CCAGW Supports Boehner’s Budget Control Act | Citizens Against Government Waste

CCAGW Supports Boehner’s Budget Control Act

The WasteWatcher

With the clock ticking and the nation’s economic future hanging in the balance, the Council for Citizens Against Government Waste (CCAGW) urged all members of Congress to support House Speaker John Boehner’s (R-Ohio) Budget Control Act of 2011.  The Congressional Budget Office found that the Budget Control Act would reduce the deficit by $22 billion in fiscal year 2012 and $917 billion over 10 years, which is greater than the $900 billion debt ceiling increase.

The bill also establishes a spending cap, requires Congress to pass a balanced budget amendment before any additional debt limit increase, and creates a Joint Select Committee on Deficit Reduction to provide recommendations for further deficit reduction and fundamental tax and entitlement reform.

Most importantly, this plan will force members of Congress to take another vote on the debt limit in approximately six months, keeping the heat on members to achieve real, substantial spending cuts. President Obama has openly admitted, “the only bottom line that I have is that we have to extend this debt ceiling through the next election, into 2013.” While the President has blatantly telegraphed that he cares only about his own reelection and dodging responsibility for the nation’s fiscal issues, Speaker Boehner has crafted a plan that will ensure lawmakers remain accountable for their actions, instead of simply giving our elected officials a pass as the President has requested.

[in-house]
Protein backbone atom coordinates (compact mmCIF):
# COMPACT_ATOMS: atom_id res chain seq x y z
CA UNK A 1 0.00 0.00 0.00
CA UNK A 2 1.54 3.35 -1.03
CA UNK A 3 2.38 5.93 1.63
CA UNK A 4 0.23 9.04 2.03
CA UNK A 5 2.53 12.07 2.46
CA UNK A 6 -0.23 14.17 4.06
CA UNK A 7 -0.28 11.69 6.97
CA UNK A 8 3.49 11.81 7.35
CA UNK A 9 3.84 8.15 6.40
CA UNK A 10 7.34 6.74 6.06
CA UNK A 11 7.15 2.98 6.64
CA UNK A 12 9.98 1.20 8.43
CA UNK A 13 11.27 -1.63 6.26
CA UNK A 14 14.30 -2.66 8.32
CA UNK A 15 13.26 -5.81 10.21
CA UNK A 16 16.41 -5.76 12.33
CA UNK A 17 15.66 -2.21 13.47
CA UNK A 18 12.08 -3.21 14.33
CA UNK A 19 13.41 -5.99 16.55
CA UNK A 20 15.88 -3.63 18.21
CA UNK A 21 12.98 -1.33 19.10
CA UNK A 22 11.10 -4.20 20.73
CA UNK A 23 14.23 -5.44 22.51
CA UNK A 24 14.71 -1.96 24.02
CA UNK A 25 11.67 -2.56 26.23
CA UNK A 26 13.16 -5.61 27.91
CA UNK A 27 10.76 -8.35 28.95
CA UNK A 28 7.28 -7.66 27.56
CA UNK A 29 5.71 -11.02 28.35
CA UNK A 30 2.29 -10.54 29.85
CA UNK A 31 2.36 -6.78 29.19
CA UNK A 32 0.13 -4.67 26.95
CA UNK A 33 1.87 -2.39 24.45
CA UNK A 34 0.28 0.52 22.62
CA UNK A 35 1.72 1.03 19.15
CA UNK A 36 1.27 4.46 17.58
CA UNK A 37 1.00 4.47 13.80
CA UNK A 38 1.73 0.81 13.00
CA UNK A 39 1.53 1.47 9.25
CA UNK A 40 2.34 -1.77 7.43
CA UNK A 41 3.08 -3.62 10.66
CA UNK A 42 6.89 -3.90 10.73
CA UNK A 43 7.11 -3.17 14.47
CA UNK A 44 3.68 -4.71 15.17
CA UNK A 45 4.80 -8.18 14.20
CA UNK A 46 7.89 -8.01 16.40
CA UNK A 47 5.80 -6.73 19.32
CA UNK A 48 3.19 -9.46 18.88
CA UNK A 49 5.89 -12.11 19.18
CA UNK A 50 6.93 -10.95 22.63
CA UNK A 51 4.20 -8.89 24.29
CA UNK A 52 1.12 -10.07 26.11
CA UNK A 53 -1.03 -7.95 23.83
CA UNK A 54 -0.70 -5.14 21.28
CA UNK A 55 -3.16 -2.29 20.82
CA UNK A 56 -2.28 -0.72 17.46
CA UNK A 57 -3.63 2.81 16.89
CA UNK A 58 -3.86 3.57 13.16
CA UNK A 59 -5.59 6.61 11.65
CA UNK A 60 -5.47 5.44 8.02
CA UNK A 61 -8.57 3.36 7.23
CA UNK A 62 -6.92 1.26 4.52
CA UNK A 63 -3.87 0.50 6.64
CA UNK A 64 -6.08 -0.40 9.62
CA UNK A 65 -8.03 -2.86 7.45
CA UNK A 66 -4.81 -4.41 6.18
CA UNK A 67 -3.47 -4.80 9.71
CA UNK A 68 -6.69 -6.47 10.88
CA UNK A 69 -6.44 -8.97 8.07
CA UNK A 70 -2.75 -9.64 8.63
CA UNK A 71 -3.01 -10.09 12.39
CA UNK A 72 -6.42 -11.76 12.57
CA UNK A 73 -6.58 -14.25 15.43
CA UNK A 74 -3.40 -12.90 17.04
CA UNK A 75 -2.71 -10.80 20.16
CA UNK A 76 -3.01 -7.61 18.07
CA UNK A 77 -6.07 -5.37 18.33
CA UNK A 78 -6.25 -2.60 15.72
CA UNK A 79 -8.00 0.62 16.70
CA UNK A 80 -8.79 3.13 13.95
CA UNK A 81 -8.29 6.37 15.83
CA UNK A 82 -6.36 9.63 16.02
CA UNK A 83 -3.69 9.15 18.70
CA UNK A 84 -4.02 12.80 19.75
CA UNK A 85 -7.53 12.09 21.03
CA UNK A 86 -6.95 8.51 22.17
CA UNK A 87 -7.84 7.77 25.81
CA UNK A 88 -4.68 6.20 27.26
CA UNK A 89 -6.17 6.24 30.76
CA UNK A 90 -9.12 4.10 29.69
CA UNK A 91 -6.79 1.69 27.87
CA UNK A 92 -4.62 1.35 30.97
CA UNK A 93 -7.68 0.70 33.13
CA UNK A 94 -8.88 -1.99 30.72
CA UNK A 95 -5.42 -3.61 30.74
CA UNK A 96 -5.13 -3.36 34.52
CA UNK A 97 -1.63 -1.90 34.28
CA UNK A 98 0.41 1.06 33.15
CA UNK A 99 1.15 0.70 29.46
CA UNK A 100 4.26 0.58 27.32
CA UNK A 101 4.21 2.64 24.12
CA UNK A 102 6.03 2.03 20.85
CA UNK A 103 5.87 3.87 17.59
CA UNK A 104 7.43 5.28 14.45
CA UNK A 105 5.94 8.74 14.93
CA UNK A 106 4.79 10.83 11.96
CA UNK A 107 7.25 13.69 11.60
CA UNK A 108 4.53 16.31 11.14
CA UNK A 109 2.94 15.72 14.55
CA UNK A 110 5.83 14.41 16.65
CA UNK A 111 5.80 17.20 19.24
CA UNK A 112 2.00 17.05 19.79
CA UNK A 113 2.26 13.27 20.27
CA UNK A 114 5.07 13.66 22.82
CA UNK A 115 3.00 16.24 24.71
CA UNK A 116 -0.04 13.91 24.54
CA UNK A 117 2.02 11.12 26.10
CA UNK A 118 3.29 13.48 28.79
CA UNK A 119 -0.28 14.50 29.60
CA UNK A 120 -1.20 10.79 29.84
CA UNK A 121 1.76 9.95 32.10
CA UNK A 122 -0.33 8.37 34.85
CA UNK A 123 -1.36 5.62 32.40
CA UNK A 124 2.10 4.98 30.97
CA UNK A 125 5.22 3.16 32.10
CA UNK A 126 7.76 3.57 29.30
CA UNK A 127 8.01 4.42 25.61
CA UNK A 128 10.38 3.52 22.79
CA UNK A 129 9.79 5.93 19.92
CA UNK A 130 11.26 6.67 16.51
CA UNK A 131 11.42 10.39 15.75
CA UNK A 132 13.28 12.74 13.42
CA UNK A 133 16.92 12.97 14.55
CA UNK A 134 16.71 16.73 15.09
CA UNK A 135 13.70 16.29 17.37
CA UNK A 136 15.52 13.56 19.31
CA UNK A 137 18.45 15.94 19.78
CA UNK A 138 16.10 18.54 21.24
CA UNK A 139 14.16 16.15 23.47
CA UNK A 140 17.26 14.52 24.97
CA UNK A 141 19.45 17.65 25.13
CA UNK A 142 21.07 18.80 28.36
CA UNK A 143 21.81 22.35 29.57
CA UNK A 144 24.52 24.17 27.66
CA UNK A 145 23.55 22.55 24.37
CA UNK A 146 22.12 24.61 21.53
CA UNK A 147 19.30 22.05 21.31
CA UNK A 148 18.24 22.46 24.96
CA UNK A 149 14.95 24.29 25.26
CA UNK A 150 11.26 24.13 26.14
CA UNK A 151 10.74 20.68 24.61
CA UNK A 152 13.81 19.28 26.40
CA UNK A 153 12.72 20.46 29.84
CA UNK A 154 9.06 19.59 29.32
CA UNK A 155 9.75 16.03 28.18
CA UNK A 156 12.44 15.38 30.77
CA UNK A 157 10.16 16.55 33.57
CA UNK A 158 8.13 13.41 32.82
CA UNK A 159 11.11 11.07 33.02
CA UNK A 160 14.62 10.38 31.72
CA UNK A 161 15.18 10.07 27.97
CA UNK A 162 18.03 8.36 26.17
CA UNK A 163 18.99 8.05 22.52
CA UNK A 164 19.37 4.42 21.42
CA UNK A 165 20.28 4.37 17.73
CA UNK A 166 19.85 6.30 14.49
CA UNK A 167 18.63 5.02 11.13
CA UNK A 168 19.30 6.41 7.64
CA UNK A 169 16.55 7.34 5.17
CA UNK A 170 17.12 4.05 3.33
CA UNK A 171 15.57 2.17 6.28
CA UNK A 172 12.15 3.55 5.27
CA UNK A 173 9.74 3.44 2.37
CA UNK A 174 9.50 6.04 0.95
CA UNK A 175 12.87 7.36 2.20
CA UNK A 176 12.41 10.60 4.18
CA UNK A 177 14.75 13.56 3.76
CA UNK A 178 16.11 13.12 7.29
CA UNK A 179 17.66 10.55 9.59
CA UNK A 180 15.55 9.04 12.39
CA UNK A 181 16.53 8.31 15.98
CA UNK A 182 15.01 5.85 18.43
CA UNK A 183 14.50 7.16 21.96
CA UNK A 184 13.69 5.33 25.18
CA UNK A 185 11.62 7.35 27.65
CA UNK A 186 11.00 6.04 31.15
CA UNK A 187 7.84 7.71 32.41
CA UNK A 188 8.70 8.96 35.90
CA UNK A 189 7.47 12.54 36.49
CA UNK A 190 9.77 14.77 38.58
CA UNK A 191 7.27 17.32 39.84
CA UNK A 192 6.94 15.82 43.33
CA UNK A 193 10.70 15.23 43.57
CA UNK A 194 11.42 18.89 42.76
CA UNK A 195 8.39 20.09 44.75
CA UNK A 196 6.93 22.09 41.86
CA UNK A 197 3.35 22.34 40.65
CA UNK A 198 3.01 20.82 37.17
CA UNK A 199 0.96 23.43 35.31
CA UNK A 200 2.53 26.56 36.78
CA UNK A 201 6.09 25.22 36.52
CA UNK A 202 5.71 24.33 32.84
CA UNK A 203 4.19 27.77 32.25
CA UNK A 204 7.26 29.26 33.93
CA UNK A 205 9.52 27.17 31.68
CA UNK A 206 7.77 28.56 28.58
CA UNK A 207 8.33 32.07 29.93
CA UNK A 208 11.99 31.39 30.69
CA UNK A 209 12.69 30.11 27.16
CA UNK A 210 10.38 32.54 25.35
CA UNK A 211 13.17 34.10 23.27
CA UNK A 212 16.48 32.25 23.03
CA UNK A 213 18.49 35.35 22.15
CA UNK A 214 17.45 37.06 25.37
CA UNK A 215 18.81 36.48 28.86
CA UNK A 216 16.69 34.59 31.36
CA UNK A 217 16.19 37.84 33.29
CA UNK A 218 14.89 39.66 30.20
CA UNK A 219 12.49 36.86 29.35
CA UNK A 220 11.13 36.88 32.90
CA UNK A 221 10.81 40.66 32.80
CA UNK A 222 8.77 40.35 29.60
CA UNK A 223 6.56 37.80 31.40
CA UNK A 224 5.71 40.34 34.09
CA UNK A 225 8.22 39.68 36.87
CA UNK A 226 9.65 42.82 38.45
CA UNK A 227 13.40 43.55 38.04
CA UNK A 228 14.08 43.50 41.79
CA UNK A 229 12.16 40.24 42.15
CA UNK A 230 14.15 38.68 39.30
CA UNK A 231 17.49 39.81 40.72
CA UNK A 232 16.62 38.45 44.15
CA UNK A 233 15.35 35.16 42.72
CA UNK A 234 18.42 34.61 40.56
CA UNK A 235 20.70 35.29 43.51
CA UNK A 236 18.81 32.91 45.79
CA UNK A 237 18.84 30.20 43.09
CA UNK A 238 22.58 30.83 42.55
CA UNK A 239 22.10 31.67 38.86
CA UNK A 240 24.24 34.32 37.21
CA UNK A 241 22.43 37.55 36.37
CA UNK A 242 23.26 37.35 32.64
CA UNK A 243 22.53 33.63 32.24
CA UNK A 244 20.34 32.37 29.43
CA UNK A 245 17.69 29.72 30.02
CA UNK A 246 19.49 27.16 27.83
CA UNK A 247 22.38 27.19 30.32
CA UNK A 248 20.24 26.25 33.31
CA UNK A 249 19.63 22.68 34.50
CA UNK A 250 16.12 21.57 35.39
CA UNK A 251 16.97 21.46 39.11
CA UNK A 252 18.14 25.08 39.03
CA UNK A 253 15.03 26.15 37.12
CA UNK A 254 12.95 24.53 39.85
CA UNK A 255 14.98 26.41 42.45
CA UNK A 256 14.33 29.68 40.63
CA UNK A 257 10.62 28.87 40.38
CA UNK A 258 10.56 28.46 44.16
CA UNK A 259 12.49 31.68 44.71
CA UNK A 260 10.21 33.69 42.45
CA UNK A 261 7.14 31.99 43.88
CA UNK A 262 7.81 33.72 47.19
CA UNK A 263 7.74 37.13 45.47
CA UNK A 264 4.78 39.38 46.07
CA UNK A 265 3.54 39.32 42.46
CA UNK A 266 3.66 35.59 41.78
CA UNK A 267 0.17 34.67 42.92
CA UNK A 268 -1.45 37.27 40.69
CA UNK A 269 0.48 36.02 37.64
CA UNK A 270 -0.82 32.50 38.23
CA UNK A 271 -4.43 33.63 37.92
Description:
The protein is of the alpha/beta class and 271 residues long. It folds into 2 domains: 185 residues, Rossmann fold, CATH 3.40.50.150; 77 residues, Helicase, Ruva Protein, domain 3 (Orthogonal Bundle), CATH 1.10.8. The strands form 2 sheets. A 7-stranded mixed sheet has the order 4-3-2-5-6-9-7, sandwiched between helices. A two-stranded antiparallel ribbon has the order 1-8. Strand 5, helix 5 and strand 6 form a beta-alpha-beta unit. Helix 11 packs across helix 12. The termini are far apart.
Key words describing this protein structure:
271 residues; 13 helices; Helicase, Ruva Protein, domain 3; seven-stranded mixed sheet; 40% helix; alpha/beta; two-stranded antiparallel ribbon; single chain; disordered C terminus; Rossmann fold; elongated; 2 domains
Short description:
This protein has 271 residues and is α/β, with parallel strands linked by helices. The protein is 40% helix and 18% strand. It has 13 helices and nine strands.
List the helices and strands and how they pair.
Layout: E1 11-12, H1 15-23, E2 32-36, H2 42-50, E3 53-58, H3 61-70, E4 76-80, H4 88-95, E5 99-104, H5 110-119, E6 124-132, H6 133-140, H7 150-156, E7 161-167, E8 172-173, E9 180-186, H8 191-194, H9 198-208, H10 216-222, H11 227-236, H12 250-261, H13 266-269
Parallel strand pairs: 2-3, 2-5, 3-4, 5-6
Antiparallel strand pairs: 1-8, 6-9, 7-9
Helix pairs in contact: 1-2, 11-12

CCAGW has consistently supported much larger spending reductions than those included in the Budget Control Act.  In an ideal world, the House-passed Cut, Cap and Balance plan would already be the law of the land.  However, President Obama and the Senate have failed to lead, so action must be taken.  There is no other viable alternative; Senate Majority Leader Harry Reid’s (D-Nev.) plan is chock full of accounting gimmicks to slash a fictional $2 trillion, including grossly overestimated discretionary spending cuts and roughly $1 trillion in savings tied to ending the wars in Iraq and Afghanistan.

While no one knows exactly what will occur if Congress fails to increase the debt ceiling, everyone concedes that the consequences will not be constructive for the nation.  Taxpayers also comprehend that those who seek to put the brakes on the spending spree in Washington have already won the debate; the question is how much will be cut and how fast it will occur.

It is not possible to get somewhere by going nowhere.  Without setting the process in motion to cut the deficit and debt, there is no chance that future efforts will bear fruit.  Alex Brill of the American Enterprise Institute points out, “if the speaker’s proposal is enacted, there will be an opportunity to observe its success. If the framework of spending cuts for debt-limit hikes works, by legislative, economic, and political standards, Congress could tighten the screws further in the next debt-limit fight and do it again and again until a balanced budget is achieved.”

Failure to advance the ball simply yields the field to those who keep pushing their plan to massively raise taxes.  That idea will continue to be unacceptable to taxpayers, who know that overspending is the problem. CCAGW sympathizes with the objections of members who believe the Budget Control Act is insufficient.  However, Congress cannot take the necessary steps toward getting the nation’s finances under control in the future unless this bill is passed.

Christopher P. Ryan

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